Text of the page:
Huntington’s ‘A Raisin In The Sun’ Leaves Off Where SpeakEasy’s ‘Clybourne Park’ Picks Up
BOSTON — There are certain plays – “Death of a Salesman,” “Hedda Gabler,” “A Raisin in the Sun’’ – where you say, “Do I really want to see this again”? – and then you see a good production of it and you say, “Yeah, of course I do.” And this Huntington Theatre Company production (on the mainstage, through April 7) is an excellent production.
We’ve had a “Glass Menagerie” in town that really reinvents the look of that classic. Director Liesl Tommy and designer Clint Ramos don’t go that far with Lorraine Hansberry’s play, but it’s still a unique staging of the play. We have a wicker revolving stage that really captures the claustrophobia of the apartment building and Tommy also introduces a sixth member of the Younger family to the proceedings, the ghost of Walter’s father looking at his family’s problems silently and ruefully.
At the heart of the production, though, is the superb ensemble. The last “Raisin” I saw was the all-star cast in New York with Phylicia Rashad and Audra McDonald. That production also featured P. Diddy as Walter, the troubled midgeneration member of the family who can’t find his way in the white man’s world. Mr. Diddy – apologies to the New York Times — was the weakest member of that cast, but and here LeRoy McClain is the strongest, the one who makes the production really sizzle
Which isn’t to take a thing away from the rest of the actors. Here they are talking about the play.
More than anything, the production thoughtfully and emotionally underlines Hansberry’s concerns with race and identity. How much of the dominant culture should African-Americans accept? How far should they strike out on their own?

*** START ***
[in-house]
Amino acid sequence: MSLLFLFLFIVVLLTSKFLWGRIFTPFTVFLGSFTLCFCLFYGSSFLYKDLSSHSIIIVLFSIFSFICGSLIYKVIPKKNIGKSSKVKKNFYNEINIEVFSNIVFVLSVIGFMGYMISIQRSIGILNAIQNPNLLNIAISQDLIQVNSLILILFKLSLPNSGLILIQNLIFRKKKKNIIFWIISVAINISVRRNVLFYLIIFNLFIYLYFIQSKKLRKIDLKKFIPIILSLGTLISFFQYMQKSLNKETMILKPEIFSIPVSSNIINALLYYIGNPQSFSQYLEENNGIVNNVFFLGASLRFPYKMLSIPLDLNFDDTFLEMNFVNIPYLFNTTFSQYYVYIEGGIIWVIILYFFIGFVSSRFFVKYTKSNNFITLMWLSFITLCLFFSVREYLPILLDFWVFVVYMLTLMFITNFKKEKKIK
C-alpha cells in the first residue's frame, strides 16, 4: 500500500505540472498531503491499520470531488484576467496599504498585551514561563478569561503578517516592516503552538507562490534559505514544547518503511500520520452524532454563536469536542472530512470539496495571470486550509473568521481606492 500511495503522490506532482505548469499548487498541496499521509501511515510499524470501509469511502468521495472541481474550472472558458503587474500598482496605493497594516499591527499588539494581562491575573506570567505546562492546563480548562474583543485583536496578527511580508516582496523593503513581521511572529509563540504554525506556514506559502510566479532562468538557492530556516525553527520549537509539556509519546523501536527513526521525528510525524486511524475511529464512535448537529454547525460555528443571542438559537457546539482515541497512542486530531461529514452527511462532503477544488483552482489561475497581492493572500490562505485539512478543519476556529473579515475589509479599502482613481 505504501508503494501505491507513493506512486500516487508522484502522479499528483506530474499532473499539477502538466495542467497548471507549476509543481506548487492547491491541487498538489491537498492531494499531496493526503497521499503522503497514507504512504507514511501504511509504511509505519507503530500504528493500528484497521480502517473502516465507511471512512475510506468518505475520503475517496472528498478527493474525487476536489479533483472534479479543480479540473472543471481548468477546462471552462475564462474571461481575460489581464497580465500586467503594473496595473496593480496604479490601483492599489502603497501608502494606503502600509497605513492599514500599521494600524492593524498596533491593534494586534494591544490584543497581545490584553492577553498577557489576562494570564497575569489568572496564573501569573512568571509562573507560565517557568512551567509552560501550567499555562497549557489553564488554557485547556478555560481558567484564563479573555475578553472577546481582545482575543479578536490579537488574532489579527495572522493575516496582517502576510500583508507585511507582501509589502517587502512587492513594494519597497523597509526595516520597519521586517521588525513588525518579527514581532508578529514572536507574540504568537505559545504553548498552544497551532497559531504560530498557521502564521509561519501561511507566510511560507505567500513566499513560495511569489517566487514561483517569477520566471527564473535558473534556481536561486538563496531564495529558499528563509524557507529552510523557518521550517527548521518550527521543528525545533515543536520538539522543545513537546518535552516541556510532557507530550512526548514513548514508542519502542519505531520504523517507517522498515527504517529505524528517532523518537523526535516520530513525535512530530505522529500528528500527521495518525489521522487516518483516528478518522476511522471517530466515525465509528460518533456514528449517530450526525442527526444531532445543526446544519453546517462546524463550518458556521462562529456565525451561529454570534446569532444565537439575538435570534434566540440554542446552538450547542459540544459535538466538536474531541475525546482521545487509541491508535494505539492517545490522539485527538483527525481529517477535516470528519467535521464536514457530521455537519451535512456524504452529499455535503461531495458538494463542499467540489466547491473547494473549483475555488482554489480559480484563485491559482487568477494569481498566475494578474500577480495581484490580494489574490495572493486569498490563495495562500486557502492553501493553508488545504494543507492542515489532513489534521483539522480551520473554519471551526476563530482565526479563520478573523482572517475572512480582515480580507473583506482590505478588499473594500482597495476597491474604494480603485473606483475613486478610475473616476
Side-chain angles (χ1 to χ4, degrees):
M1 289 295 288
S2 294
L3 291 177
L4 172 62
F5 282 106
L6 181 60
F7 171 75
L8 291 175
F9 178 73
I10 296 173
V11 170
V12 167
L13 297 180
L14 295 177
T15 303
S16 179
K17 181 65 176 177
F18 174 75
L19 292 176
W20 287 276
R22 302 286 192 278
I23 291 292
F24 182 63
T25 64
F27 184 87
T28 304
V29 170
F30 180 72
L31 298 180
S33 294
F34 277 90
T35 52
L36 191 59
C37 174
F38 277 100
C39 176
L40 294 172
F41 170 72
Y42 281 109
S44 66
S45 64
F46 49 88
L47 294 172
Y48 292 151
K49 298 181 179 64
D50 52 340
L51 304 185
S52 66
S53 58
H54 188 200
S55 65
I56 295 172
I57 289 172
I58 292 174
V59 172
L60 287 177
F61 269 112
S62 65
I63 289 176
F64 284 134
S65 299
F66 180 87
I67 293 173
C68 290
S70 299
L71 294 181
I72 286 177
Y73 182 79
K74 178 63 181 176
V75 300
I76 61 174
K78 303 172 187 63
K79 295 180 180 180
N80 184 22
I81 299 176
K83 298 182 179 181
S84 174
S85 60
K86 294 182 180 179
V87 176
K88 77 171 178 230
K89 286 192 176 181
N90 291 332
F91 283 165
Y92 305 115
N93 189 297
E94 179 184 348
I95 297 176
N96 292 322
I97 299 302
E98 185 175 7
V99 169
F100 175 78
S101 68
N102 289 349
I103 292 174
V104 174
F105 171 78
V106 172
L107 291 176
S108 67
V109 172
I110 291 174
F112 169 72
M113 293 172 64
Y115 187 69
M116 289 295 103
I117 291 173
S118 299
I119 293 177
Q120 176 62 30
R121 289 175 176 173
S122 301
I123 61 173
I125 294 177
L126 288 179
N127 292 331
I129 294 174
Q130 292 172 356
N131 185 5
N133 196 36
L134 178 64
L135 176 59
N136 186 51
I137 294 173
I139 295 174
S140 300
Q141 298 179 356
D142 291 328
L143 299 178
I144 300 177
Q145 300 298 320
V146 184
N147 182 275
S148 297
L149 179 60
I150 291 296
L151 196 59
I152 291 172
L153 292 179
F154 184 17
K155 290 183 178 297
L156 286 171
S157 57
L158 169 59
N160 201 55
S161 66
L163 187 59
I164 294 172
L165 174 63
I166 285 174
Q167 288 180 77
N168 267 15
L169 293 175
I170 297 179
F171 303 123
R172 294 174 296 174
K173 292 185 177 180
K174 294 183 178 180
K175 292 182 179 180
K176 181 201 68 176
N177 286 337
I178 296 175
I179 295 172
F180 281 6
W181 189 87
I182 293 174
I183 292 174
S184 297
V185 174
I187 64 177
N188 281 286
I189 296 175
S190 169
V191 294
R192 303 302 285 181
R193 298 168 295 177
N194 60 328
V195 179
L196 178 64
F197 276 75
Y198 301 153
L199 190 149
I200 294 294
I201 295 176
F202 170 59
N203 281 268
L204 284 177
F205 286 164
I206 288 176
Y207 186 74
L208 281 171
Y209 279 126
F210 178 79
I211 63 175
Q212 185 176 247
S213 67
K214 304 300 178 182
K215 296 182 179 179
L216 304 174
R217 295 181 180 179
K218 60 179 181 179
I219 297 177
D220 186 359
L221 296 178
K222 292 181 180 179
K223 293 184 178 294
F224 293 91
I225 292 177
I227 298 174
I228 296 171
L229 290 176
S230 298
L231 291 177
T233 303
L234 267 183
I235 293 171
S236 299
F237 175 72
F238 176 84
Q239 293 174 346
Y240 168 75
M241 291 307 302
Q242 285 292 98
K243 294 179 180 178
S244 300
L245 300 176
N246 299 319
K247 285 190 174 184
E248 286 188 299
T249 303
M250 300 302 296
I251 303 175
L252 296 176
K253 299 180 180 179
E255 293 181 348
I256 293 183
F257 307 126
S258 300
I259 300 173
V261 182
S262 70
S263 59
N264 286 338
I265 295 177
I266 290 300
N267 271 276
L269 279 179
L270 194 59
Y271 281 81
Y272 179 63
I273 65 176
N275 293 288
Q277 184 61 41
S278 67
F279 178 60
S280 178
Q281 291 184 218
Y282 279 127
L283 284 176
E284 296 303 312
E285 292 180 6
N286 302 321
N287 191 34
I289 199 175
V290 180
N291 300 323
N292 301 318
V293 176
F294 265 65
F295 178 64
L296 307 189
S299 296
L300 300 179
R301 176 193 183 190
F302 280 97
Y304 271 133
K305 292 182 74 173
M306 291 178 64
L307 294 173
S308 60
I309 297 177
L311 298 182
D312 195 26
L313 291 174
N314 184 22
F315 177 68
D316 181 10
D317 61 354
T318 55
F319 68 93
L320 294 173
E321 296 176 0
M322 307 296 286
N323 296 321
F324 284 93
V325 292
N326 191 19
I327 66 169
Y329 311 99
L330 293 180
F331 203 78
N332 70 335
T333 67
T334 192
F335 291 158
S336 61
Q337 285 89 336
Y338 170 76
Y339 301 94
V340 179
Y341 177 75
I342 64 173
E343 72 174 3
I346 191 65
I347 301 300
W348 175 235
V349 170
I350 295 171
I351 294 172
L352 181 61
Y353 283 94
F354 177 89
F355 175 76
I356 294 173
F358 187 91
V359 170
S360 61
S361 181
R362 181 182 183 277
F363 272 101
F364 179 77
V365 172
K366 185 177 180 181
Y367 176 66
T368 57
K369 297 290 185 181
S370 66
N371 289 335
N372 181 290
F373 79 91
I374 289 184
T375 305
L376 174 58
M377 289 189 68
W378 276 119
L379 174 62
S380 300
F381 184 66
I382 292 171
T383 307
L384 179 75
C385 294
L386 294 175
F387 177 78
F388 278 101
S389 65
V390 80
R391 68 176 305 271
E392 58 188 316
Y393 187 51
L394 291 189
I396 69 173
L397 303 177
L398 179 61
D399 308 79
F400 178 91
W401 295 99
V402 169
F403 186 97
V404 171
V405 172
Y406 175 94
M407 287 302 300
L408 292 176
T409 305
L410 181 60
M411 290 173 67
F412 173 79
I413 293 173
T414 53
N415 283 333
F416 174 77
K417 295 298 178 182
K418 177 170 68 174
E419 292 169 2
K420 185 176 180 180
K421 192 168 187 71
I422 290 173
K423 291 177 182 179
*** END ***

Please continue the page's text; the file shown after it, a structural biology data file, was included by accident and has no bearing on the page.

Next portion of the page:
That was the question for Hansberry, it’s also the question for the characters in Bruce Norris’s contemporary Pulitzer-Tony-Olivier-award winning play, “Clybourne Park” by SpeakEasy Stage Company (at the Boston Center for the Arts, through March 30). The two acts take place in the same house that the Younger family plans to move into in “Raisin.” There’s only one overlapping character and that’s Karl Lindner, the white representative of the homeowners association who tries to talk the Youngers out of moving into the unintegrated Chicago neighborhood.
Here he is, played by Michael Kaye, telling the current owner of the house, played by the wonderful as always Tom Derrah, about whom his agent has sold the house to.
But as charged as that excerpt is, it’s also a very funny play and a very moving one. Norris says that it isn’t a play about race. In many ways it’s about a dream deferred, the title of the Langston Hughes poem that “A Raisin in the Sun” is taken from.
Still, it’s hard to get away from race, even when some insist we’re living in postracial America, as the contemporary folks in the second act find out. They’re different characters but played by the same actors as in the first act. They walk on eggshells trying not to talk about race before it all turns into a very messy omelet.
This ensemble, under M. Bevin O’Gara, is also excellent, as all of SpeakEasy’s tend to be. Theater marathons seem to be popular these days, but together or separately, “A Raisin in the Sun” and “Clybourne Park” make for a great double feature.